October 03, 2022

Punishment By Essay: A 1000-word writing assignment

Today, I finally started to transfer things from my old MacBook to my new one. It's going to take weeks, if not months, to transfer all of my photos because I am starting from scratch with them. My Photos app is such a mess with a million date changes, a billion keywords, and a trillion duplicates.

While I was transferring documents over to the hard drive, I came across this writing assignment that Eli was given in middle school. I had completely forgotten about this, but I'm so glad I kept it!

You see, Eli is not the one who wrote it. I did.

He was in middle school at the time and his teacher (known for being a total jerk) gave him a 1,000-word essay to write because he was talking in class. What had happened was that another boy, who had come in a little late, sat next to Eli and showed him the worksheet he picked up from "Mr. C's" desk. (I'll keep him anonymous). He quietly asked Eli if it was the correct assignment and Eli told him no, it was a different paper.

Mr. C said that the boys were not allowed to talk in class and gave them each a 1,000-word writing assignment for their short interaction. One of Mr. C's favorite expressions to say in class was, "Children should be seen and not heard"; as punishment for talking, among other things, he handed out writing assignments.

He actually had a jar on his desk filled with small, folded pieces of paper--the kid being punished would have to draw one out of the jar and the number written on the paper was the number of words the writing assignment would have to be.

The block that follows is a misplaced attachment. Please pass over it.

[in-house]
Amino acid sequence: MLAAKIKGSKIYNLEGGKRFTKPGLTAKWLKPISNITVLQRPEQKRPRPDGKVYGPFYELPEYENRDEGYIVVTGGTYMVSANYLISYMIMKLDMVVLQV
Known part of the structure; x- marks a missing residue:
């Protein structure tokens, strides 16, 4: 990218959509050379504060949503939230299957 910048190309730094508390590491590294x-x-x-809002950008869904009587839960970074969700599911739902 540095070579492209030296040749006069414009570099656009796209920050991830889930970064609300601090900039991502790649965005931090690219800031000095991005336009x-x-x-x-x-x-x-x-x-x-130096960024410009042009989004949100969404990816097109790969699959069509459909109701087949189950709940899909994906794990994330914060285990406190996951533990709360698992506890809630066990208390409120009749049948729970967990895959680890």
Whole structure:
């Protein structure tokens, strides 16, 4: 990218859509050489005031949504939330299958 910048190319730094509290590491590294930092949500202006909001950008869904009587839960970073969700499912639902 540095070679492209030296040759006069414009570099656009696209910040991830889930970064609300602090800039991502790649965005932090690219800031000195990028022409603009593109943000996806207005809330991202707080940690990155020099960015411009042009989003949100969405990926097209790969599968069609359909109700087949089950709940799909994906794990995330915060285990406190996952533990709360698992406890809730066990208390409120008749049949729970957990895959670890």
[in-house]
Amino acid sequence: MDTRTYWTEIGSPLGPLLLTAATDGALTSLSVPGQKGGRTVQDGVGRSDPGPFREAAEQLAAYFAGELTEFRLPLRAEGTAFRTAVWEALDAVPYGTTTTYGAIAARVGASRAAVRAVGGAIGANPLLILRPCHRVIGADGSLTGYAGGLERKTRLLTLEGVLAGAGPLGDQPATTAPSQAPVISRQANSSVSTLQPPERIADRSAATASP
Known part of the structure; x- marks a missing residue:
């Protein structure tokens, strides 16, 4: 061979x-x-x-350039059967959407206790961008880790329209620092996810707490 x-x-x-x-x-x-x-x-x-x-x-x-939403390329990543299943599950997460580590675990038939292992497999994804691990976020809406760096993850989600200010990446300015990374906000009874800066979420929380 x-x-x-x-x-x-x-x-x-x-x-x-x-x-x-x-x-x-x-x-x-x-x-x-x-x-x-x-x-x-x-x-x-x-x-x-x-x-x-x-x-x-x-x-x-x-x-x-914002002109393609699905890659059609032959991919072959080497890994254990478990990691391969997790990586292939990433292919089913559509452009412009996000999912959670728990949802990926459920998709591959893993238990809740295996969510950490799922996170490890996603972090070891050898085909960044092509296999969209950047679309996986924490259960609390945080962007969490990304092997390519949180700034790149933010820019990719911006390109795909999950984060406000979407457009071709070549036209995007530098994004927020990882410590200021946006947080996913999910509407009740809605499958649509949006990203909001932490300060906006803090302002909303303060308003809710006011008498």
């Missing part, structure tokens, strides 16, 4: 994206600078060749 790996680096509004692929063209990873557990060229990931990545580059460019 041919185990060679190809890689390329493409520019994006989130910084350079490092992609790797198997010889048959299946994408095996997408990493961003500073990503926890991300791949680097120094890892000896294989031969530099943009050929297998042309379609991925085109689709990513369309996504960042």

I was furious about Eli being given a writing assignment for talking in class for two reasons: 1) It was a short, quiet interaction about the worksheet; and 2) Writing should not be a punishment! As a writer myself, I think kids should be encouraged to write for enjoyment or as a therapeutic way of expressing their thoughts; instead, they see it as a punishment, thanks to teachers like Mr. C.

I told Eli he did not have to write it, and instead, I sat down and wrote an essay for him. As someone who loves passive-aggression when done in a clever way, I was excited about this! I had no idea if Mr. C actually read the essays he assigned, but I really hoped he did. So, here is what "Eli" wrote. (It's actually less than 800 words--which was a page and a half in a standard Word document!)

I am so relieved to have received this writing assignment from Mr. C; without this assignment, I never would have learned that children should be seen and not heard. As a 12-year old boy in a class full of kids my age, it is unfathomable to me that another student should expect me to respond to his question about a worksheet we were to complete in class.